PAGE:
Spontaneously Resolving Joint Inflammation Is Characterised by Metabolic Agility of Fibroblast-Like Synoviocytes

Falconer, Jane, Pucino, Valentina, Clayton, Sally A., Marshall, Jennifer L., Raizada, Sabrina, Adams, Holly, Philp, Andrew, Clark, Andrew R., Filer, Andrew, Raza, Karim, Young, Stephen P. and Buckley, Christopher D. (2021) Spontaneously Resolving Joint Inflammation Is Characterised by Metabolic Agility of Fibroblast-Like Synoviocytes. Frontiers in Immunology, 12. p. 725641. ISSN 1664-3224

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Abstract

Fibroblast-like synoviocytes (FLS) play an important role in maintaining joint homeostasis and orchestrating local inflammatory processes. When activated during injury or inflammation, FLS undergo transiently increased bioenergetic and biosynthetic demand. We aimed to identify metabolic changes which occur early in inflammatory disease pathogenesis which might support sustained cellular activation in persistent inflammation. We took primary human FLS from synovial biopsies of patients with very early rheumatoid arthritis (veRA) or resolving synovitis, and compared them with uninflamed control samples from the synovium of people without arthritis. Metabotypes were compared using NMR spectroscopy-based metabolomics and correlated with serum C-reactive protein levels. We measured glycolysis and oxidative phosphorylation by Seahorse analysis and assessed mitochondrial morphology by immunofluorescence. We demonstrate differences in FLS metabolism measurable after ex vivo culture, suggesting that disease-associated metabolic changes are long-lasting. We term this phenomenon ‘metabolic memory’. We identify changes in cell metabolism after acute TNFα stimulation across disease groups. When compared to FLS from patients with early rheumatoid arthritis, FLS from patients with resolving synovitis have significantly elevated mitochondrial respiratory capacity in the resting state, and less fragmented mitochondrial morphology after TNFα treatment. Our findings indicate the potential to restore cell metabotypes by modulating mitochondrial function at sites of inflammation, with implications for treatment of RA and related inflammatory conditions in which fibroblasts play a role.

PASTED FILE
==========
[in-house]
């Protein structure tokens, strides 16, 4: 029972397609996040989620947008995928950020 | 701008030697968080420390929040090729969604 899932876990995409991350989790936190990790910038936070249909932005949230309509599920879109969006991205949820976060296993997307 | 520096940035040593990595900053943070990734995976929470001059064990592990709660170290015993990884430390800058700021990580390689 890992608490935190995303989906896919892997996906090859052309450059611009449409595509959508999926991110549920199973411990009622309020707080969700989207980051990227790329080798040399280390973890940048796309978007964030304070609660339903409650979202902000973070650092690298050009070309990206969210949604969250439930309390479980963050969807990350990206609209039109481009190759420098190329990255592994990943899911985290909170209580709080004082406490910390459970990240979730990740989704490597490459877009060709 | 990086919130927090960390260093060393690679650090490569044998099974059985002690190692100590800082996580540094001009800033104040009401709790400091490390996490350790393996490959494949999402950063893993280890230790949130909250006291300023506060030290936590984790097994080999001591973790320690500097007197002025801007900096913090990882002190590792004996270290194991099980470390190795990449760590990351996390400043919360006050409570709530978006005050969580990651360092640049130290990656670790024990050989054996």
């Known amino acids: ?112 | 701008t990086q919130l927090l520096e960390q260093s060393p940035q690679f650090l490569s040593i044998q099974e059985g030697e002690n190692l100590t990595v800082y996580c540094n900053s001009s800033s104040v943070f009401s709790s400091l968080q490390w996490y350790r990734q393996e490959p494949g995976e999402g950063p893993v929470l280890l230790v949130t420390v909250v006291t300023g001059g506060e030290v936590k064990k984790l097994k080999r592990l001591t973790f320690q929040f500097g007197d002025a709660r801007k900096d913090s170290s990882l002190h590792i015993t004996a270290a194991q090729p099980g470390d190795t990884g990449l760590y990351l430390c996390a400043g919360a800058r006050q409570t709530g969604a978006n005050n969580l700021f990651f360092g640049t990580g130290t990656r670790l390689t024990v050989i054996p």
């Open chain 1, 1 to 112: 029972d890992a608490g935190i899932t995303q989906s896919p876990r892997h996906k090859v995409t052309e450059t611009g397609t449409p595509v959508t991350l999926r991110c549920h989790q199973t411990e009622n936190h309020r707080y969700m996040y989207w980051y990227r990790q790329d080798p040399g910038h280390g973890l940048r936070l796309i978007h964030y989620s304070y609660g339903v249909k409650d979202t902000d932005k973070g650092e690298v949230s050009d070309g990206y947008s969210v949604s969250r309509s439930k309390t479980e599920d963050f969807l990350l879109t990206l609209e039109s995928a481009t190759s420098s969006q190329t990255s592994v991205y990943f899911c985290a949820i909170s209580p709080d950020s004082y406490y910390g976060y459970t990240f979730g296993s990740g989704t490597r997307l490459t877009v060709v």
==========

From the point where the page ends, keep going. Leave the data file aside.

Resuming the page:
Item Type: Article
Additional Information: ** From Frontiers via Jisc Publications Router ** History: collection 2021; received 15-06-2021; accepted 09-08-2021; epub 26-08-2021. ** Licence for this article: http://creativecommons.org/licenses/by/4.0/
Uncontrolled Keywords: Immunology, fibroblasts, arthritis, inflammation, metabolism, mitochondria
Divisions: Faculty of Health Sciences and Wellbeing > School of Medicine
Related URLs:
SWORD Depositor: Publication Router
Depositing User: Publication Router
Date Deposited: 13 Sep 2021 19:31
Last Modified: 13 Sep 2021 19:31
URI: http://sure.sunderland.ac.uk/id/eprint/13947
ORCID for Jane Falconer: ORCID iD orcid.org/0000-0002-6601-7919

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